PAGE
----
The United States is a different kettle of fish. It’s really like 50 different countries in one. You have different jurisdictions, you have different tax regimes. There’s a very seminal tax ruling that basically caused the nexus of sales tax to not just be where you had physical presence, but where you ship. That is an earthshaking thing for a small business. All of a sudden I used to have to pay sales tax in one state, now I have to pay it wherever I ship. I mean, there’s been some structural changes and it’s just a much, much different market. It’s a much more advanced market in many ways but behind in others.

I think open banking and the digital stuff we’re talking about, the US is right around where Canada is. But it’s way, way, way behind in terms of embracing the cloud in this segment. So, lots of work there and we are aware of what is needed. 

We have studied this market, both first-hand, having conversation after conversation, getting a strategic lens of the market to segment where we’re going to pick our spots. And we’re very clear on that —  we’re not treating it like Australia or Canada or the United Kingdom. It’s a different market and  the competitive landscape is a little different. I think of our competitors t as worthy rivals, but there’s so much market and there’s so much room for us, that it’s not really what I’m worried about at all.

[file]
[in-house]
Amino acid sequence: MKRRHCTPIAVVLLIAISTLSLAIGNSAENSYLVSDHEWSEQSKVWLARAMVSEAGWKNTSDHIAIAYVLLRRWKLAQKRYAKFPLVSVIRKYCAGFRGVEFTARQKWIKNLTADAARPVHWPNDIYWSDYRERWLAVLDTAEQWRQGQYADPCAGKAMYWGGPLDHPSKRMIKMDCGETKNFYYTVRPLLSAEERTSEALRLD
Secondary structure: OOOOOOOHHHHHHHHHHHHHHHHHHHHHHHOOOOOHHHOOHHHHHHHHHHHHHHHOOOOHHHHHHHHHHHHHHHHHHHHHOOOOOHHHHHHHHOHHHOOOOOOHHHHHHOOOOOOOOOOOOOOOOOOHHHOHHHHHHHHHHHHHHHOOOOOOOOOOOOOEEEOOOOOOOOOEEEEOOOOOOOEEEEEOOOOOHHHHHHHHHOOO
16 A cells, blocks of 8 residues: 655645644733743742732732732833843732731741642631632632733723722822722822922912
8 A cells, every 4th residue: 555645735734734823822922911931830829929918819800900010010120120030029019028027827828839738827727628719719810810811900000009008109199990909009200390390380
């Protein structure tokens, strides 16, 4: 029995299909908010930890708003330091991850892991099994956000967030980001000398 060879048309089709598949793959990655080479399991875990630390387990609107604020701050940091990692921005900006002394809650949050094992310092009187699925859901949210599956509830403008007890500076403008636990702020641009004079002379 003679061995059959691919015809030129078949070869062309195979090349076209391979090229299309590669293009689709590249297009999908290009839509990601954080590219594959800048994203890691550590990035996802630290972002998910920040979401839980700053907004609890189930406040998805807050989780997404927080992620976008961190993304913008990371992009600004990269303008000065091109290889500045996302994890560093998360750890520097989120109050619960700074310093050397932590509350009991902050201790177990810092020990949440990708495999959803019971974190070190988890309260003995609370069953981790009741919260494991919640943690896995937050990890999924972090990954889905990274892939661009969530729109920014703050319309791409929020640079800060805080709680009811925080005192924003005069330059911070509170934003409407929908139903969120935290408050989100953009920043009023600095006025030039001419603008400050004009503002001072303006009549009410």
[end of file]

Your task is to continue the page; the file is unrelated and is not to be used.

We’re worried about how we can execute, how we can bring the best combination of product and features that’s going to unlock some benefits with our partners. And then, how do we think about which verticals? Which regions do we emphasize more or less, so that we can continue to get traction? 

The third theme is really partnerships. Not just partnerships with the accountant, and bookkeepers, but how do we put together partnerships with other technology companies? Where they have small businesses, we have small businesses, and how do we go about it together? How do we think about distributing our products through different needs? There’s many different tactics that we will use in this market, because we simply have to. We have to think differently.

All these things that we had mentioned before, we’ll lean on those even more here. So as we build our core, we’ll fill in other jobs through partners. Gusto is a good example of that. We don’t have payroll here, we use Gusto, and that’s a good partnership for both parties.

XU: What do you think the next big thing with the FinTech industry is?